Kenya Turns 50
50 years and what does Kenya have to show for it? Quite a lot actually…
By Diana Odero, Chapman University
Home for the holidays and it feels great to be back! I haven’t been home for Christmas in over four years and I could not have chosen a better time to make the trip back. Kenya turns the grand age of 50 years today, marking 50 years of independence from colonial rule. And in true Kenyan spirit I wanna share some of the things that I really appreciate and love about my home country and at the same time enlighten you on some cool facts about Kenya!
In my true foodie nature, of course food has to come first! Kenyan food or East African cuisine as it is sometimes referred to is basically the best African food you will ever come across with the exception of the notable dishes from West African countries such as Nigeria and Ghana. Due to the huge melting pot of cultures within Kenya we have a diverse range of dishes, some that are a staple to various communities and some that are communal to the entire country. My favorites include Pilau (spiced rice), Chapati (flat bread like indian naan), Mukimo (mashed potatoes mixed with peas and corn) and the staple to my particular community, Fish, specifically Tilapia. Kenyan food is particularly loved because of the spices infused in every single dish plus its all organic, who can say no to that?
So our transport system has many major flaws to tell you the truth but still boasts of better efficiency in some aspects than those I have experienced in 1st world countries. We have 3 forms of road transport, i.e Buses, mini vans (matatus) and motorbikes (boda boda). The buses and mini vans don’t run on a particular schedule like you would see in most states in America but they do have scheduled routes and fares which they follow… almost all the time. Only thing that would change the course of travel route for any bus/mini van would be maybe intense traffic in one area or adverse weather but I promise you you will still get to your destination one way or another. What I like about this system is that it’s very reliable. You will never spend hours waiting at a bustop unless of course something happened to that particular vehicle. They can practically take you anywhere within the city and outside the capital as well, if a place is further than usual you may end up taking one or two or three buses/mini vans but like I said, you will always make it to your destination. The only downside is the traffic caused by them due to their ever growing number but aside from that, transport is pretty decent and very affordable here.
Kenya has over 40 different ethnic communities co-existing in one country. That is already over 40 different languages, and over 40 different customs. So obviously this could cause some friction and tribalism has been a problem within Kenya from time immemorial but looking back at 50 years, I think we have come a long way and are finally putting tribalism in the back burner. Having friends from all these different communities has educated me more about them and allows one to appreciate the richness of culture and heritage that Kenya holds.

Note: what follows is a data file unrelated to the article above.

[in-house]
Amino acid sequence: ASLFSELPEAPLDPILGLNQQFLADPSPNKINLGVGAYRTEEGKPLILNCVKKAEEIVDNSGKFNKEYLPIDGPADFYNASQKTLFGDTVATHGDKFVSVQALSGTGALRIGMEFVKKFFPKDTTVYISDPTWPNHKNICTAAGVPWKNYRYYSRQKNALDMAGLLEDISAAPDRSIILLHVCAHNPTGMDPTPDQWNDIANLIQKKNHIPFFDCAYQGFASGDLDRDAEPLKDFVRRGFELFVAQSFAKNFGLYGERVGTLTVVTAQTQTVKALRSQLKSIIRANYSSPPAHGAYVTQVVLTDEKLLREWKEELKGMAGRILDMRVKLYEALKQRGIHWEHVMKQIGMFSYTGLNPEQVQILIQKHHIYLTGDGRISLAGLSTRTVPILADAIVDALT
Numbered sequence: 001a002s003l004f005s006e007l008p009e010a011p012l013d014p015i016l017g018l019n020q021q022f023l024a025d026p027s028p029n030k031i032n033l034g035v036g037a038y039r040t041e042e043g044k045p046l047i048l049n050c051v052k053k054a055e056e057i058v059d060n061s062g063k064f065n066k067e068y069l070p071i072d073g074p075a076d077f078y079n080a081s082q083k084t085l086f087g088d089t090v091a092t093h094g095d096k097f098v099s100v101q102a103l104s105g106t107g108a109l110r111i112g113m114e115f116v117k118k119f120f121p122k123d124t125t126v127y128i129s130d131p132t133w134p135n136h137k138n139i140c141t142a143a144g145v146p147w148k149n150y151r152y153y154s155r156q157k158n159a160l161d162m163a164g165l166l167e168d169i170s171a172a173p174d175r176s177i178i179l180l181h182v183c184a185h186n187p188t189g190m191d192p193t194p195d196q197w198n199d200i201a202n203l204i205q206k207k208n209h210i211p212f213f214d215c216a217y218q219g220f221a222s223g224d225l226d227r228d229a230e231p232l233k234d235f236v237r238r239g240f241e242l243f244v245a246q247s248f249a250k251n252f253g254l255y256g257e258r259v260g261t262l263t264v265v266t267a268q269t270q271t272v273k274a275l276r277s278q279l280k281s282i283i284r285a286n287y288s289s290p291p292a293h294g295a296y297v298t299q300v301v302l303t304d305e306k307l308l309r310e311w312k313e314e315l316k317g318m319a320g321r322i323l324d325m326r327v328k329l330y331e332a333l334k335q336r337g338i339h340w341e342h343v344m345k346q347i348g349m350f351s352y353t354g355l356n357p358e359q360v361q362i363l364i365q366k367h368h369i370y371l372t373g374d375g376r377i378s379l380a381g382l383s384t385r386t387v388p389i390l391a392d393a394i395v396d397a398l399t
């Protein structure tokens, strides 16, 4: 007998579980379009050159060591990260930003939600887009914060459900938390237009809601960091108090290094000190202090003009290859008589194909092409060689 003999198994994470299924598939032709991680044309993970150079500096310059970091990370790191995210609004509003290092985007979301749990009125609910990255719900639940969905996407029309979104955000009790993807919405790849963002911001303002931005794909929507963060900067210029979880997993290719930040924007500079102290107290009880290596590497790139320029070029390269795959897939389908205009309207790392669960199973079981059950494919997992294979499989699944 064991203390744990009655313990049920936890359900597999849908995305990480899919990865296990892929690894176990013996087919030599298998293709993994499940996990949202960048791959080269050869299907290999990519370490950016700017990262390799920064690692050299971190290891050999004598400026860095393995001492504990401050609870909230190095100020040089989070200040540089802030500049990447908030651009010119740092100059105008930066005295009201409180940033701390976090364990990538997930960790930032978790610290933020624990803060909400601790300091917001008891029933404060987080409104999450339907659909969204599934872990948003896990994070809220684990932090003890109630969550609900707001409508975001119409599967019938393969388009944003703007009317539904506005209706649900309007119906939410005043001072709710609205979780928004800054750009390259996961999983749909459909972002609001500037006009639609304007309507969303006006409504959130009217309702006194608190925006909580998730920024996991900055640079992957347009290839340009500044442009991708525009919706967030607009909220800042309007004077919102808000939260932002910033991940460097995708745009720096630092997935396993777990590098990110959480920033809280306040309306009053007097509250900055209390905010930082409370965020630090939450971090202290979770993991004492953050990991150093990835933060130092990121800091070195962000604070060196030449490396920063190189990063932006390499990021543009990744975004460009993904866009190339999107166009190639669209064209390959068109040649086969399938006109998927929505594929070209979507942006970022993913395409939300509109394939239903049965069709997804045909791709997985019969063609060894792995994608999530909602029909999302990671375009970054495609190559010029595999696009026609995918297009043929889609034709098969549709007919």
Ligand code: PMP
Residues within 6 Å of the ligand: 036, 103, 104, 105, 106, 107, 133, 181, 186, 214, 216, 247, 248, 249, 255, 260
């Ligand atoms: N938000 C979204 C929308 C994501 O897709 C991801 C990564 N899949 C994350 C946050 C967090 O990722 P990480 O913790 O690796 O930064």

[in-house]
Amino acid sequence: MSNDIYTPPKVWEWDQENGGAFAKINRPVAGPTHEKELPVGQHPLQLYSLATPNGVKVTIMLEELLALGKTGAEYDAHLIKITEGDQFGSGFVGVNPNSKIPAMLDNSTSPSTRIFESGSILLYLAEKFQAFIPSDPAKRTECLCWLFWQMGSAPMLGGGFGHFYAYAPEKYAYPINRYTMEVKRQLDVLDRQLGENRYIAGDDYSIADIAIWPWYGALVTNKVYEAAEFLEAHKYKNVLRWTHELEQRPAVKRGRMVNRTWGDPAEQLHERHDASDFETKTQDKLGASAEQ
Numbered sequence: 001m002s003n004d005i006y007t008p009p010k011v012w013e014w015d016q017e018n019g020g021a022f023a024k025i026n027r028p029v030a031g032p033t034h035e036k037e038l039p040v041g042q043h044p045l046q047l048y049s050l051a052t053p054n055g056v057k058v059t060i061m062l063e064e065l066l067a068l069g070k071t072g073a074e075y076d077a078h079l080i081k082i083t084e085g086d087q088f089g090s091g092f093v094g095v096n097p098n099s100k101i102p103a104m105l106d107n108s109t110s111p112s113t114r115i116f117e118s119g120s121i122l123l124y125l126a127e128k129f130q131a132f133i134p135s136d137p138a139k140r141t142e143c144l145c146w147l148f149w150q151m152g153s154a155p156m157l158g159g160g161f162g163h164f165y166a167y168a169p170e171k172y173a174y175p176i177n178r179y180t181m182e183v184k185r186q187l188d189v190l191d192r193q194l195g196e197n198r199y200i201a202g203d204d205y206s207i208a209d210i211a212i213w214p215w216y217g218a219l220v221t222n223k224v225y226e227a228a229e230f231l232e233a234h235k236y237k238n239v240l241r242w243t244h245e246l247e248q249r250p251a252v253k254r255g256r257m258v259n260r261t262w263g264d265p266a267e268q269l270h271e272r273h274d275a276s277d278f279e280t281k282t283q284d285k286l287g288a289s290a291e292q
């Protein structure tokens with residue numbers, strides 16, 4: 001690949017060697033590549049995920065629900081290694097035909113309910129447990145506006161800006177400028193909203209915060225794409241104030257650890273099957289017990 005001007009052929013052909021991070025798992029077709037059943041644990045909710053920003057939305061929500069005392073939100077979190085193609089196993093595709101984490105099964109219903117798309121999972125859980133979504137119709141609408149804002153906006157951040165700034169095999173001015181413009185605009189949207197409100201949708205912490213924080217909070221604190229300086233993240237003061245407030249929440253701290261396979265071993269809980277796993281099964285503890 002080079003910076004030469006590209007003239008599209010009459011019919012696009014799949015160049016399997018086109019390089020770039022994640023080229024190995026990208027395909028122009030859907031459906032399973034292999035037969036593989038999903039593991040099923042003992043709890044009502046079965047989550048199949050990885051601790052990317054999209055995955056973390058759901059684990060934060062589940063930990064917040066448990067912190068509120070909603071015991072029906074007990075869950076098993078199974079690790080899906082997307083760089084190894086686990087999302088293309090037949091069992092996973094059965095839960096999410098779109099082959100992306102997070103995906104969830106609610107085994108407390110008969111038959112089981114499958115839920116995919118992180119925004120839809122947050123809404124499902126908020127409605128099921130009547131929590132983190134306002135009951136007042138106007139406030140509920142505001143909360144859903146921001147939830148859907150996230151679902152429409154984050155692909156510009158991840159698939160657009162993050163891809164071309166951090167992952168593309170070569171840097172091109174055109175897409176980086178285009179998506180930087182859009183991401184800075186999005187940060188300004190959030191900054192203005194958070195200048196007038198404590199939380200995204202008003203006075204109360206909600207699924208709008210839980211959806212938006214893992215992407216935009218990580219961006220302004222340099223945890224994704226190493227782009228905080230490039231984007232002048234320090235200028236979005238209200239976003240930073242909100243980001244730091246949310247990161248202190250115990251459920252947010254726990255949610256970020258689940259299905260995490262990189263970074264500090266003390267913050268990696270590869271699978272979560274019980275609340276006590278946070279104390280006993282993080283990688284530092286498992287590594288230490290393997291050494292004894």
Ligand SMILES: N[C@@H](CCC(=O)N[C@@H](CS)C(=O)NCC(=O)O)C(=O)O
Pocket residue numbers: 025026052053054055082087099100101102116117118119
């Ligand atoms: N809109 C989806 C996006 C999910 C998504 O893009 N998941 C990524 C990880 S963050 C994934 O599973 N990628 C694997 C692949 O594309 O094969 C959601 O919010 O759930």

If any of you think you have experienced nightlife and know what its all about, think again. Because I don’t think there is any other country that can compare its nightlife to that of Kenya. Sure Vegas has its awesome nightclubs and NYC has its fancy rooftop bars and ATL can boast about their thousands of bars and lounges… Here in Kenya we do nightlife in a whole different light. And you just have to experience it to know what I’m talking about because I can’t really find the words to describe it.
Social media has really taken Kenya by storm and one network that really speaks to everyone here from the youth to adults, from business executives to politicians is the wonderful world of twitter. Twitter has become Kenya’s digital voice to the country and to the world. #KOT stands for Kenyans On Twitter, and a feisty bunch they are, #JustAskCNN. Twitter has become the go to source in Kenya for news, to advertise businesses, to raise awareness on various causes or to even help curb crime or help others. Twitter was especially helpful during the Westgate Attack as the police would communicate to the public via tweets and also hostages within the mall used social media to get help.
Kenya has been dubbed the ‘Silicon Valley’ of Africa and rightfully so as we have had a series of inventions that are a first of its kind such as M-pesa: a cell phone based money transfer and micro financing service, the Ushahidi system: a platform which allows users to crowdsource crisis information to be sent via mobile and newly released Zabamba rating platform that is basically the Kenyan version of Yelp. At this rate I foresee much much more technological advancement in the next 50 years.
And I saved the best for last… Our tourism industry is world class and that’s mainly because Kenya is home to some of the most rare wild animals in the world so it makes for a popular holiday destination. I can’t forget about the sandy beaches at the coast accompanied with fabulous resorts and hotels and of course, some really great food!
Kenya at 50 has achieved this and a lot more for a 3rd world country. We are well on our developmental way and I am very proud of how far we have come. Happy Jamhuri Day Kenya which is swahili for- Happy Independence Day.